As an addict and alcoholic who went through an Orange County drug rehab program early in life, I am fortunate beyond words to still be able to say that I am clean and sober to this day, almost 10 years later.
I remember feeling a little intimidated on my first attempts at drug and alcohol recovery, that I hadn’t somehow “earned my seat” or other such nonsense. In other words, at 16, I felt like I was too young for recovery. Shortly after I turned 18 though, something had changed: I didn’t care if I was too young or not.
The thing is, if you drink and use like I did, you don’t get old. You die before you get sober. OC detox centers don’t care if a patient hasn’t even stepped foot on a high school campus yet, so why should you? The disease of alcoholism and addiction doesn’t care if you’re young or old, so why should you? There are so many justifications (notice the word “reason” wasn’t used right there–not an accident) for choosing not to go to drug treatment, but the only real reason one would have for not seeking help for a problem they undoubtedly have, is that they just don’t want to. And that’s fine. There is no judgment there. It’s just a fact. If you don’t want recovery, if you don’t want to do the simple things necessary to find and keep recovery, that’s okay. In retrospect, I didn’t really want recovery my first go-around, but when I did, you better believe I wasn’t going to let anyone keep me from going.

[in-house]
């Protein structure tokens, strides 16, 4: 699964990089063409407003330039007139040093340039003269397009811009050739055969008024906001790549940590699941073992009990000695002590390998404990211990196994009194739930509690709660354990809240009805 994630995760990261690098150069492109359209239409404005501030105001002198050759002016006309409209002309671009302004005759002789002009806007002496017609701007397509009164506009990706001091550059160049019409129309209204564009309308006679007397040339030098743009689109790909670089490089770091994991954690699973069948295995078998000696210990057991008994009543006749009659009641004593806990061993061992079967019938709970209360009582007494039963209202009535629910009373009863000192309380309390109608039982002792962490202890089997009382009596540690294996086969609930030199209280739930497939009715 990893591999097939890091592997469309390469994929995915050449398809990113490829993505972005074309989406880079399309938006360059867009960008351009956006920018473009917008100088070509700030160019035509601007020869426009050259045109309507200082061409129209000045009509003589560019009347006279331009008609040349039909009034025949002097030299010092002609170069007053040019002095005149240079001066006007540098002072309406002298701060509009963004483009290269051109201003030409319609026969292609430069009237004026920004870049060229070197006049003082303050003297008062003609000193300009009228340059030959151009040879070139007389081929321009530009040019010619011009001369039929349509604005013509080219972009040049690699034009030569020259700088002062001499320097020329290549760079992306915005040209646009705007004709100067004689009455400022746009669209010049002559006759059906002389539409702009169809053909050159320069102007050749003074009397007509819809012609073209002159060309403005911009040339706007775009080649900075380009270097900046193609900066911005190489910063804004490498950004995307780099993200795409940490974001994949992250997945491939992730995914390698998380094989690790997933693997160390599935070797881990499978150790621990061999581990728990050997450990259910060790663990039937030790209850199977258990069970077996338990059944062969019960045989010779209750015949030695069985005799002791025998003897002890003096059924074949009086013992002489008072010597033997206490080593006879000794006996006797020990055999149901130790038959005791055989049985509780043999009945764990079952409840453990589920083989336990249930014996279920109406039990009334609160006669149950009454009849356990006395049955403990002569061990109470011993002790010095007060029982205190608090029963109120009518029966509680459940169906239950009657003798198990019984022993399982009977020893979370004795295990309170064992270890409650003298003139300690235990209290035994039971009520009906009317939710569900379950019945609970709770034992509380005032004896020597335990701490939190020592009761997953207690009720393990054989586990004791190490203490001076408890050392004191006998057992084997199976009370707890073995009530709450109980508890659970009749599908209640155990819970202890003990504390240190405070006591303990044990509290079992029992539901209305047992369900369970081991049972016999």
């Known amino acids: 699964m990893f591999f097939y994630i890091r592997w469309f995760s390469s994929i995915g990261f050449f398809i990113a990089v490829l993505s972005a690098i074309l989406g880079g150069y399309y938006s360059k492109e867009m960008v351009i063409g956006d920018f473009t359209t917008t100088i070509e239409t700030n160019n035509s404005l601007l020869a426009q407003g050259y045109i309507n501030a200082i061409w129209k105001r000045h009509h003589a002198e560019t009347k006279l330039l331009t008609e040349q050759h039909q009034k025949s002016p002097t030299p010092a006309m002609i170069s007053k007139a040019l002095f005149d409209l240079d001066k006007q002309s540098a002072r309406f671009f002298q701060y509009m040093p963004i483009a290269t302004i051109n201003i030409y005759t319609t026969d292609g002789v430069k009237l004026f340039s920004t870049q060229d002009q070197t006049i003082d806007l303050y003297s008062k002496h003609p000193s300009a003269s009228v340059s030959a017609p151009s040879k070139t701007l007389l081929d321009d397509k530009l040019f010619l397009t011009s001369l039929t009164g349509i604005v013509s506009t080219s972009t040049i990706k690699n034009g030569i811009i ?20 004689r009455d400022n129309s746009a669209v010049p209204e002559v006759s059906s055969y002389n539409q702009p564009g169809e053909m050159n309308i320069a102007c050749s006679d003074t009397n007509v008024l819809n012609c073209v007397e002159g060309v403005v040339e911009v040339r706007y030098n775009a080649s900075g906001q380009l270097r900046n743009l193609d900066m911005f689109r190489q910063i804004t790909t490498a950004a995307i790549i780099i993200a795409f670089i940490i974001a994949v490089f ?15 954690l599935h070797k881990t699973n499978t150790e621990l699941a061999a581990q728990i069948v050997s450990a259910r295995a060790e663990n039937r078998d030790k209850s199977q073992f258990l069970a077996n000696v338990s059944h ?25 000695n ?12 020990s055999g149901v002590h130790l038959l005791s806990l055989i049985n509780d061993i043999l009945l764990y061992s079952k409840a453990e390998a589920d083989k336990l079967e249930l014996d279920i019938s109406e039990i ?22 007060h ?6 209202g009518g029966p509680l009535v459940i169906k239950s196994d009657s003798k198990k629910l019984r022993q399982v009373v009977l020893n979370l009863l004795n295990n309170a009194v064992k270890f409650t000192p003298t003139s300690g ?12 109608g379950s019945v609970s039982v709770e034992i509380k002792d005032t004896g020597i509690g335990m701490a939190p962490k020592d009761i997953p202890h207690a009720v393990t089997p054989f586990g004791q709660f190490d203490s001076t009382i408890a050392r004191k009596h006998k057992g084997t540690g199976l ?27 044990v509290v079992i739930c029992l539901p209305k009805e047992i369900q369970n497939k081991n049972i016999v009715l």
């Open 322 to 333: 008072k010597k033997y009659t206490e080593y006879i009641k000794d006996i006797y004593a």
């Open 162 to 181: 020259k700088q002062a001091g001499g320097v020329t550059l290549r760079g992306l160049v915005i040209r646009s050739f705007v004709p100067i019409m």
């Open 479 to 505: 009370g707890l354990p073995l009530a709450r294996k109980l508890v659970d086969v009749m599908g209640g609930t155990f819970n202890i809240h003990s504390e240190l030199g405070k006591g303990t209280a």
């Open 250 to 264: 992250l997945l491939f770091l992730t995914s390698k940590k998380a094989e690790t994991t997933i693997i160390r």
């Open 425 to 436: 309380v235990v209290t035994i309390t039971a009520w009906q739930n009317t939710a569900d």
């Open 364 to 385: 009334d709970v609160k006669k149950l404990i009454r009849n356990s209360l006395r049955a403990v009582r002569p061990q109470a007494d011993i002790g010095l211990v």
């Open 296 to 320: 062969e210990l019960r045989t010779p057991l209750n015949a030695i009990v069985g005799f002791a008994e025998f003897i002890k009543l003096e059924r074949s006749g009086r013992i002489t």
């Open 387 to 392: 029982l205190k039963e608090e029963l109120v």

The overwhelming sentiment in the drug and alcohol treatment and recovery community, though, is that many are glad when they see young faces in meetings and active in the Fellowship. Mostly, instead of the taunting I was expecting, it was comments like “I wish I could’ve gotten this thing when I was your age.” More than a few times, it has been something like, “My (son/daughter) is out there right now suffering from opiate addiction. (He/She) is about your age, and it’s comforting to know that hopefully they’ll be able to get this and enjoy the lives we find here.”
Sure, you might get the occasional friendly jab, but I’ve never once had anyone say, “You don’t belong here. You’re too young,” especially after they have heard my story. The truth is, people in recovery are elated when newcomers manage to begin their journey down the road to recovery, whether that happens by way of a drug and alcohol treatment program or some other means of introduction. The Big Book of Alcoholics Anonymous describes the feeling as “escap[ing] disaster together and you commence shoulder to shoulder your common journey” in A Vision For You. When you are a survivor in the battle of drug and alcohol addiction, you care little about the circumstances of another’s life, and more about the actual person.
There is a tendency for alcoholics and addicts to get in the way of our own success. We can think about things and imagine how they would turn out, but until action is actually taken, it means nothing. Even if a potential addict or alcoholic truly believes they are too young, at least they will know where to go when the inevitable reality becomes inescapable.